As I sat down to compose my next article for Animaf Pharm, I decided to reread some of my past articles for inspiration. I suddenly realized that I have been writing these articles for nearly five years. This prompted me to reflect on all of the topics I have addressed and I began to wonder whether things have changed in any significant way over the last half-decade.
In my very first article in July 2010, ‘Cutting Delay in Clinical Trials; I cited the shocking statistic that 90% of all clinical trials experience significant delay.
I then listed the four principal causes of study delay: slow subject enrollment; poor data quality; lax test article control; and weak project team communications. From my experience, I would say that these problems still exist, in one form or another, in most studies. However, I would now reclassify these causes of delay under two main categories: study planning and study execution.
So many study problems could be eliminated by better and more comprehensive planning, especially since there are a variety of project management systems that can track every step in the entire study process. Project teams that use one of these systems can more efficiently allocate their resources and avoid most last-minute ‘crunches’ and missed milestones.
Unfortunately, I still see protocols being revised right up to the night before the investigator training meeting. All too often , our project teams discover case report forms that have not been reconciled against the protocol’s data collection specifications and then tested for logic, consistency, and ease of completion.
This oversight increases the likelihood of high query volume , protocol deviations, and lost cases. In studies that employ electronic data capture, appropriate edit checks that could have been programed into the system to simplify data entry and reduce query volume have been left out.
All members of the project team should participate in the development of a comprehensive listing of all study tasks and an unambiguous assignment of those responsibilities to help prevent misunderstandings and missed deadlines. They also should agree on a communications plan that includes a schedule of regular project team teleconferences and clearly specifies what reports are to be delivered to whom, by whom, and when.
The old saying ‘plan your work and work your plan’ definitely applies to clinical trials. The best planning can be diluted by unorganized execution.
No trial can succeed without a team of dedicated investigators, each of whom should be evaluated and selected with great care. It is important to remember that, while every investigator may be a good veterinarian, every veterinarian may not be a good investigator.
Even years of experience as a clinical study investigator do not necessarily translate into top performance. Spending extra time to qualify each investigator and assess their level of interest in, commitment to, and understanding of the study will pay big dividends later on.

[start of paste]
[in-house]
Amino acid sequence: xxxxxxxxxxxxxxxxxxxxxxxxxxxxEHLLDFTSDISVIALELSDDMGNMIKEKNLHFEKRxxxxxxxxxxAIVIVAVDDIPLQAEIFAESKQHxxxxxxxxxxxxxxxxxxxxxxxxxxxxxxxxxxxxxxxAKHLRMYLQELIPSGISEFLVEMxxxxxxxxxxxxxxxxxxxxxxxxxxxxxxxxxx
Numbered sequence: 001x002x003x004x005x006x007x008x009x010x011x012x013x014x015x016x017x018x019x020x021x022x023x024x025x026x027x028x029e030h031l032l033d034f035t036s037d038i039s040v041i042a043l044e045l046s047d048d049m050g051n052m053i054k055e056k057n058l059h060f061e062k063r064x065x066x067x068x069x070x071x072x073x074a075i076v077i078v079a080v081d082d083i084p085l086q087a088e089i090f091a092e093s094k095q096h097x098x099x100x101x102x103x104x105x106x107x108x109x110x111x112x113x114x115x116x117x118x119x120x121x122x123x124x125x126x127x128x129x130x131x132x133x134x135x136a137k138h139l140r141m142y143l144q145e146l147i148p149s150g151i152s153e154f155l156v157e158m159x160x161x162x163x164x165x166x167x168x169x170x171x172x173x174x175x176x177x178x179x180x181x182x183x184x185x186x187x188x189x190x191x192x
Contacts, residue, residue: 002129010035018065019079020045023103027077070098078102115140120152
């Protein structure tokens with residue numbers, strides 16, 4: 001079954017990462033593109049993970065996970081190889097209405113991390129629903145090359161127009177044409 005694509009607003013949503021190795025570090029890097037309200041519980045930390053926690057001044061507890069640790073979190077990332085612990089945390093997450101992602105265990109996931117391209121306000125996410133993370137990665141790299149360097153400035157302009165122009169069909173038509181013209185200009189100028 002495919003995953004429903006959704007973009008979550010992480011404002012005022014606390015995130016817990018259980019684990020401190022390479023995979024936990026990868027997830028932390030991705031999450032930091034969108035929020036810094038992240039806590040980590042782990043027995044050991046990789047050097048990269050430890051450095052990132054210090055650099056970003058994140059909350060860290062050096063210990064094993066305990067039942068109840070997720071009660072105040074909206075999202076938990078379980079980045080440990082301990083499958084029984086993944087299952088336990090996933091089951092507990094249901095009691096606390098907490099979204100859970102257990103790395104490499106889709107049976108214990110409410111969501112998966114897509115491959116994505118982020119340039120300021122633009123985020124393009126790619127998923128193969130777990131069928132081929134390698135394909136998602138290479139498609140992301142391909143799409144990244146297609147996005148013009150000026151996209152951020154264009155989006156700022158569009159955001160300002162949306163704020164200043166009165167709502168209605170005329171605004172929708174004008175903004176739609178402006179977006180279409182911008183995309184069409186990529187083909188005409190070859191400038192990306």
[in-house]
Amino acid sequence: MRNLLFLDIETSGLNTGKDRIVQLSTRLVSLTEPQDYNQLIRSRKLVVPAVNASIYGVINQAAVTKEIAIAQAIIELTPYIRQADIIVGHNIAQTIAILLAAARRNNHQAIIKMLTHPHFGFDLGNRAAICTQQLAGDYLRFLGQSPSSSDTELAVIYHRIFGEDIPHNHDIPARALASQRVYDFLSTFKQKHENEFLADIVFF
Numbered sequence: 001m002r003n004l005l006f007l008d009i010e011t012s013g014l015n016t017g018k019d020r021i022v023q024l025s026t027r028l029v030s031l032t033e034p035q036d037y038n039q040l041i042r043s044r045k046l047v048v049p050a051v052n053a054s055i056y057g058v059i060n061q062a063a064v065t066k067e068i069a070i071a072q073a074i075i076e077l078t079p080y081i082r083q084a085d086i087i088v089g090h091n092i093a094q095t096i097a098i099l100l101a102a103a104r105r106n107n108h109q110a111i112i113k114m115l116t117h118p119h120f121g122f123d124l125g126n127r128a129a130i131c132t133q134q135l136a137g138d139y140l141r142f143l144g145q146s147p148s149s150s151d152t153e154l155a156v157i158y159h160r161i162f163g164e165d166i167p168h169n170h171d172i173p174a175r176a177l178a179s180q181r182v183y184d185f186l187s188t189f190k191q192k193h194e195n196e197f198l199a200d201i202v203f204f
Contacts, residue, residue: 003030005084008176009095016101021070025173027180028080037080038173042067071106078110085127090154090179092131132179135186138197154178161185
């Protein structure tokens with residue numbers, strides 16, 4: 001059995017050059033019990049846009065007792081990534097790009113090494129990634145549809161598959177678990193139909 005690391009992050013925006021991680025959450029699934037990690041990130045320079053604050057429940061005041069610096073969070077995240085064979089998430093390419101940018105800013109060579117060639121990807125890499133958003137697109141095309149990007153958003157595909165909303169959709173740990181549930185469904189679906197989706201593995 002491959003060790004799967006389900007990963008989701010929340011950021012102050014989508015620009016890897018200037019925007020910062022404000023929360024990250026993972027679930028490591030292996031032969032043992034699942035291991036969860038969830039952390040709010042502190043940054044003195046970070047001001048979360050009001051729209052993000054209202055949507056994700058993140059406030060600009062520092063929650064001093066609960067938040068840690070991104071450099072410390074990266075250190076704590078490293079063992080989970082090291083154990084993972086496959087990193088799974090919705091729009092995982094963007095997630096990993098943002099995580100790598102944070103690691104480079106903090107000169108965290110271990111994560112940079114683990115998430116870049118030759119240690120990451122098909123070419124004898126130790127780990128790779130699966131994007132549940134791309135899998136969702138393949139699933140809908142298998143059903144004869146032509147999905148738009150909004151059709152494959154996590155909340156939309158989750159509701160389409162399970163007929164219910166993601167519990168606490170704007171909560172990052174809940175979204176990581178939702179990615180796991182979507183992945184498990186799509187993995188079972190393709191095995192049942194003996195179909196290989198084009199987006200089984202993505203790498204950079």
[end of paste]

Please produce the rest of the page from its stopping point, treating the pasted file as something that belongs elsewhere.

Study training is the next most important determinant of a successful trial. Regardless of which of the three training methods a sponsor chooses (group webinar, individual on-site, or centralized investigator meeting), training should be designed with different investigator learning styles in mind. Failure to do this could result in some investigators leaving training with an incomplete or inaccurate understanding of the protocol and other study requirements. Some form of testing should be included as well to identify areas needing additional instruction during site initiation visits.
Slow enrollment still seems to be the bane of many trials. Sometimes, the site has an insufficient patient population from which to recruit potential subjects. More diligent site qualification can minimize this situation.
Some investigators do not completely understand or misinterpret the inclusion / exclusion criteria, resulting in high screening failures but low enrollment. Proper training before the study starts, followed by close tracking of screening failures to identify the need for remedial training, can eliminate this problem. Some sites lose interest in the study, causing enrollment to drop or stop altogether. Again, thorough evaluation of potential investigators, paired with close monitor support, can keep enrollment on target.
Test article inventory control and reconciliation is another area requiring special attention. Confirmation that each site has a separate, secure storage area is an essential part of every site qualification visit. Dose counts should occur upon test article delivery and before and after every subject visit. A complete inventory reconciliation should be completed during each monitoring visit.
Such rigorous measures are critical for every study that is evaluating an unapproved product, and especially important for products that must comply with the US Drug Enforcement Administration’s regulations.
Of course, the ultimate goal of any clinical trial is a body of clean, complete, and accurate data that supports a regulatory decision regarding the new product. While progress has been made in recent years, some regulatory submissions are still derailed by defective or missing data that somehow eluded the study’s data reviewers. The phrase ‘attention to detail’ remains the mantra for everyone engaged in this activity. It is not an overstatement to say that the success or failure of each trial rests with them.
To use yet another old saying, the more things change, the more they stay the same. The business of clinical trials has evolved and improved over the last five years. The keys to success, though, remain unchanged.